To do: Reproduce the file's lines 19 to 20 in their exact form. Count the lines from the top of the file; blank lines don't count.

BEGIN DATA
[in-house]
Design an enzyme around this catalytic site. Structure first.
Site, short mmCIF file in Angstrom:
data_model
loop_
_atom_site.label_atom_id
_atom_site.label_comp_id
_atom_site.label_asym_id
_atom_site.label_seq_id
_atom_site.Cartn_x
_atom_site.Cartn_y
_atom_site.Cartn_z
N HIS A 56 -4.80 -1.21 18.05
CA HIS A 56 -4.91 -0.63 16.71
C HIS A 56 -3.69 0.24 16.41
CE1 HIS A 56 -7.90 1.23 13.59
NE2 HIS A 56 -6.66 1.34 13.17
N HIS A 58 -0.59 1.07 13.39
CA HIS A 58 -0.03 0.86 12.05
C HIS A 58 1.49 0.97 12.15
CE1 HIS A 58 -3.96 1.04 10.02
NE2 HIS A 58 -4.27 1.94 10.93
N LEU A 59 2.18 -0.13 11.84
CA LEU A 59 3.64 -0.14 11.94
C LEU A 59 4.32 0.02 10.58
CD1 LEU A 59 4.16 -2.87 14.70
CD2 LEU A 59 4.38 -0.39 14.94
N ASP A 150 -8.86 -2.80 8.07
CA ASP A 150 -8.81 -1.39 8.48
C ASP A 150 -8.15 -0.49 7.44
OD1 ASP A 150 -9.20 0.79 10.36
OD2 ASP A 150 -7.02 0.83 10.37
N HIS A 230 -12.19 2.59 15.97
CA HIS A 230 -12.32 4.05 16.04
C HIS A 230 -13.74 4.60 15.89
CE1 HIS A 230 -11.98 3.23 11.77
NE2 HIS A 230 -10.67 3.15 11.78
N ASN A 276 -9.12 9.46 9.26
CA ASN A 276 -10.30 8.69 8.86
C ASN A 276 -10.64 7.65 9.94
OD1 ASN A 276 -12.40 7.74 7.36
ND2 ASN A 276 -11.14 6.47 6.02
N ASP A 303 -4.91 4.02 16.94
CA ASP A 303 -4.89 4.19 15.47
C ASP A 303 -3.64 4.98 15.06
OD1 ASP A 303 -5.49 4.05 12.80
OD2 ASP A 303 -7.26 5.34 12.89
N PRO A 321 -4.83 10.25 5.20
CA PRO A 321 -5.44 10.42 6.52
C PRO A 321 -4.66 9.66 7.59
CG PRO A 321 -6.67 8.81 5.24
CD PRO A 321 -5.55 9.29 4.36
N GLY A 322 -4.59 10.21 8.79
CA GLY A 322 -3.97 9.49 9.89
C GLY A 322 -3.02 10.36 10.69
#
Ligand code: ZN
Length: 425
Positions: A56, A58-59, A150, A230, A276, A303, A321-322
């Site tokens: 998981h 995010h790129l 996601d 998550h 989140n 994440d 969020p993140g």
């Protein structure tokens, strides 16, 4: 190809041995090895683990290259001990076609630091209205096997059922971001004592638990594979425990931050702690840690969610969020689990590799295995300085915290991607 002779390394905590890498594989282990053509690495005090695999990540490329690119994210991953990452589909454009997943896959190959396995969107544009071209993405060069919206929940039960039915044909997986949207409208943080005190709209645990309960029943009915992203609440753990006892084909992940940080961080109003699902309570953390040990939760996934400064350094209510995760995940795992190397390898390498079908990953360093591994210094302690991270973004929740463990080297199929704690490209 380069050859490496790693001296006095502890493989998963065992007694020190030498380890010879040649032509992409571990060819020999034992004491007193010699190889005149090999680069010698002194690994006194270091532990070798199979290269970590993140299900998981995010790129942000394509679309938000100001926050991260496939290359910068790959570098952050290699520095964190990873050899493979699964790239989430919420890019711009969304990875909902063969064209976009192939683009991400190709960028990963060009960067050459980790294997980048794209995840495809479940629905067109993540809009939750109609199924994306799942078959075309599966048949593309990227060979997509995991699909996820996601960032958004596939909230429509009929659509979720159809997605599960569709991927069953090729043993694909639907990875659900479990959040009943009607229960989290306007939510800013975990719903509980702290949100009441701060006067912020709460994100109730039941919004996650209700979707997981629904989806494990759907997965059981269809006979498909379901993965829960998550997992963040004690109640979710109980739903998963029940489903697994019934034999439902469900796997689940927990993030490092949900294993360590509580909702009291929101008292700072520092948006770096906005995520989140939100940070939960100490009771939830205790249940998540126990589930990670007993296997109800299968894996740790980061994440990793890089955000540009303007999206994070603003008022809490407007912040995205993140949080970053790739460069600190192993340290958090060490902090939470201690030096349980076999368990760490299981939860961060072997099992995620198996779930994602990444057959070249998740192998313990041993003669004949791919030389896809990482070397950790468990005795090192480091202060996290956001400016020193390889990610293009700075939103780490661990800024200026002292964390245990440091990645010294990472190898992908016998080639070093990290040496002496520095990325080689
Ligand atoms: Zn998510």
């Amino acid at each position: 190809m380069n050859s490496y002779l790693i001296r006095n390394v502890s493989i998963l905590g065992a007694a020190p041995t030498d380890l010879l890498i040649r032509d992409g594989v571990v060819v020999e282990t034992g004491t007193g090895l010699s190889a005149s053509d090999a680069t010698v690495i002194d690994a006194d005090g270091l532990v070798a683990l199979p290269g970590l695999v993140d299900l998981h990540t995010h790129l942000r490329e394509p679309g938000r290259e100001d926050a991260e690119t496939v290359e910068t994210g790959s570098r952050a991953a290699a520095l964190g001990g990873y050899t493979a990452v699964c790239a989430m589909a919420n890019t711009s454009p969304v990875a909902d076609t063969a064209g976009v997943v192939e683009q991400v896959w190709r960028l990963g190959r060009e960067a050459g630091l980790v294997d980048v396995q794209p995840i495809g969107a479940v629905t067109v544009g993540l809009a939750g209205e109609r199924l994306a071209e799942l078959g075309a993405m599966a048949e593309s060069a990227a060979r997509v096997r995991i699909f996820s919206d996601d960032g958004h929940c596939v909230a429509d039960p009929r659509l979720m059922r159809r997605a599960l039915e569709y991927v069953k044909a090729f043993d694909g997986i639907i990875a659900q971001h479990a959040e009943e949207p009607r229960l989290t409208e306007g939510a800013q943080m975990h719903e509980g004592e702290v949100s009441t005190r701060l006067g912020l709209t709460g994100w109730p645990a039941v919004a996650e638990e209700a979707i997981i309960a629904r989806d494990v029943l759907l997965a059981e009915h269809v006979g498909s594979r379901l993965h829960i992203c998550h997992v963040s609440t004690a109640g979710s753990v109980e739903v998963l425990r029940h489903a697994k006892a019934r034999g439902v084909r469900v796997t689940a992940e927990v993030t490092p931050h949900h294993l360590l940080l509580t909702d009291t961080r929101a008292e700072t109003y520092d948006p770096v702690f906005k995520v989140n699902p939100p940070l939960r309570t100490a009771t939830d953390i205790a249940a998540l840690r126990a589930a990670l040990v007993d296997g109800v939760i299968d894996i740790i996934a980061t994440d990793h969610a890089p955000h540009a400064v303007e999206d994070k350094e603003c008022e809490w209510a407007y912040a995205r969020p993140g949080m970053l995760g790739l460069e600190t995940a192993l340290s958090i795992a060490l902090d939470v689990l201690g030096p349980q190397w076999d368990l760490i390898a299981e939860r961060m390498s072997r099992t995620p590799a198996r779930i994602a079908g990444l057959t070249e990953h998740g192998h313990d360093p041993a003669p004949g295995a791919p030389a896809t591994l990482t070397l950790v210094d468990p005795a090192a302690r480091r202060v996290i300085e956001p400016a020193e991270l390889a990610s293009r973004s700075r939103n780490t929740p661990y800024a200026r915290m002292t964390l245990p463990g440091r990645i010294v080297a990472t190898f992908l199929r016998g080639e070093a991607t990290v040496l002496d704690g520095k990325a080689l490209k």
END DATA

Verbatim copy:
CA HIS A 58 -0.03 0.86 12.05
C HIS A 58 1.49 0.97 12.15